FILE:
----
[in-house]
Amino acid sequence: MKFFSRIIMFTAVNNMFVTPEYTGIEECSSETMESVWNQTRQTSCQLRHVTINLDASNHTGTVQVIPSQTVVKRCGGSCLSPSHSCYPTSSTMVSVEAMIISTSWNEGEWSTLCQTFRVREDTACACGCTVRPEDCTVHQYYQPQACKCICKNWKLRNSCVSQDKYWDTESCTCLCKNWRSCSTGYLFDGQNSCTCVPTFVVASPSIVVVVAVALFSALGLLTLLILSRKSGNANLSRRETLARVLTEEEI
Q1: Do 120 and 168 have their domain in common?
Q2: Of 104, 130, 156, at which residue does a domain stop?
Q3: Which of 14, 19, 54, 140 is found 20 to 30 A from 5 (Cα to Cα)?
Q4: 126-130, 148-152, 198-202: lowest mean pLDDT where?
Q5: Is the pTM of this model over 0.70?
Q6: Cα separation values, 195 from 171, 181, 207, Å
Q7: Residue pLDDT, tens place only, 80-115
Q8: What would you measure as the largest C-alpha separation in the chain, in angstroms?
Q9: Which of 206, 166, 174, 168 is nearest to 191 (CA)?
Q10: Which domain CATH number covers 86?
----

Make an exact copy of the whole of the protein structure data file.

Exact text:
[in-house]
Amino acid sequence: MKFFSRIIMFTAVNNMFVTPEYTGIEECSSETMESVWNQTRQTSCQLRHVTINLDASNHTGTVQVIPSQTVVKRCGGSCLSPSHSCYPTSSTMVSVEAMIISTSWNEGEWSTLCQTFRVREDTACACGCTVRPEDCTVHQYYQPQACKCICKNWKLRNSCVSQDKYWDTESCTCLCKNWRSCSTGYLFDGQNSCTCVPTFVVASPSIVVVVAVALFSALGLLTLLILSRKSGNANLSRRETLARVLTEEEI
Q1: Do 120 and 168 have their domain in common?
Q2: Of 104, 130, 156, at which residue does a domain stop?
Q3: Which of 14, 19, 54, 140 is found 20 to 30 A from 5 (Cα to Cα)?
Q4: 126-130, 148-152, 198-202: lowest mean pLDDT where?
Q5: Is the pTM of this model over 0.70?
Q6: Cα separation values, 195 from 171, 181, 207, Å
Q7: Residue pLDDT, tens place only, 80-115
Q8: What would you measure as the largest C-alpha separation in the chain, in angstroms?
Q9: Which of 206, 166, 174, 168 is nearest to 191 (CA)?
Q10: Which domain CATH number covers 86?